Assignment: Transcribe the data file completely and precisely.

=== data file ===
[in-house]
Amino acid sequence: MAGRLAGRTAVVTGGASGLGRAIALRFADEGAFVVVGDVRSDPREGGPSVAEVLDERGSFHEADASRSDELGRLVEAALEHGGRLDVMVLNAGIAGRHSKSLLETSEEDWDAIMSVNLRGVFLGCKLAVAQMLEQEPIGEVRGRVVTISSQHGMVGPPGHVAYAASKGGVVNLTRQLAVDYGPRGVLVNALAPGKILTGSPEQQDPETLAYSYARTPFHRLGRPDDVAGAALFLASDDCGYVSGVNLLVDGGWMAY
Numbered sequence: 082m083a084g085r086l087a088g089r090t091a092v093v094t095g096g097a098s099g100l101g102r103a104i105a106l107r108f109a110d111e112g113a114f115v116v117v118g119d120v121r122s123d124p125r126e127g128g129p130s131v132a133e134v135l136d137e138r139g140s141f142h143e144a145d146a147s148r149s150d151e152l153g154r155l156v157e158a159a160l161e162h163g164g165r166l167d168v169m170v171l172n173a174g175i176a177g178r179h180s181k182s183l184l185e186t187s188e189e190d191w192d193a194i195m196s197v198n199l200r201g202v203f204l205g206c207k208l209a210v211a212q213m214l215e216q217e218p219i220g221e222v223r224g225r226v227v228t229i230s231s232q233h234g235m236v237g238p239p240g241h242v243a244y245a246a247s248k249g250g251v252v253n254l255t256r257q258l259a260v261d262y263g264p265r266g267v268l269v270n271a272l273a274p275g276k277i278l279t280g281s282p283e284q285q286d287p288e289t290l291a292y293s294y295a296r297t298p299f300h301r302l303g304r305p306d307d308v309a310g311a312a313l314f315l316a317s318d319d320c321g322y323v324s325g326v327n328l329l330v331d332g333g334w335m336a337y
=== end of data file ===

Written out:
[in-house]
Amino acid sequence: MAGRLAGRTAVVTGGASGLGRAIALRFADEGAFVVVGDVRSDPREGGPSVAEVLDERGSFHEADASRSDELGRLVEAALEHGGRLDVMVLNAGIAGRHSKSLLETSEEDWDAIMSVNLRGVFLGCKLAVAQMLEQEPIGEVRGRVVTISSQHGMVGPPGHVAYAASKGGVVNLTRQLAVDYGPRGVLVNALAPGKILTGSPEQQDPETLAYSYARTPFHRLGRPDDVAGAALFLASDDCGYVSGVNLLVDGGWMAY
Numbered sequence: 082m083a084g085r086l087a088g089r090t091a092v093v094t095g096g097a098s099g100l101g102r103a104i105a106l107r108f109a110d111e112g113a114f115v116v117v118g119d120v121r122s123d124p125r126e127g128g129p130s131v132a133e134v135l136d137e138r139g140s141f142h143e144a145d146a147s148r149s150d151e152l153g154r155l156v157e158a159a160l161e162h163g164g165r166l167d168v169m170v171l172n173a174g175i176a177g178r179h180s181k182s183l184l185e186t187s188e189e190d191w192d193a194i195m196s197v198n199l200r201g202v203f204l205g206c207k208l209a210v211a212q213m214l215e216q217e218p219i220g221e222v223r224g225r226v227v228t229i230s231s232q233h234g235m236v237g238p239p240g241h242v243a244y245a246a247s248k249g250g251v252v253n254l255t256r257q258l259a260v261d262y263g264p265r266g267v268l269v270n271a272l273a274p275g276k277i278l279t280g281s282p283e284q285q286d287p288e289t290l291a292y293s294y295a296r297t298p299f300h301r302l303g304r305p306d307d308v309a310g311a312a313l314f315l316a317s318d319d320c321g322y323v324s325g326v327n328l329l330v331d332g333g334w335m336a337y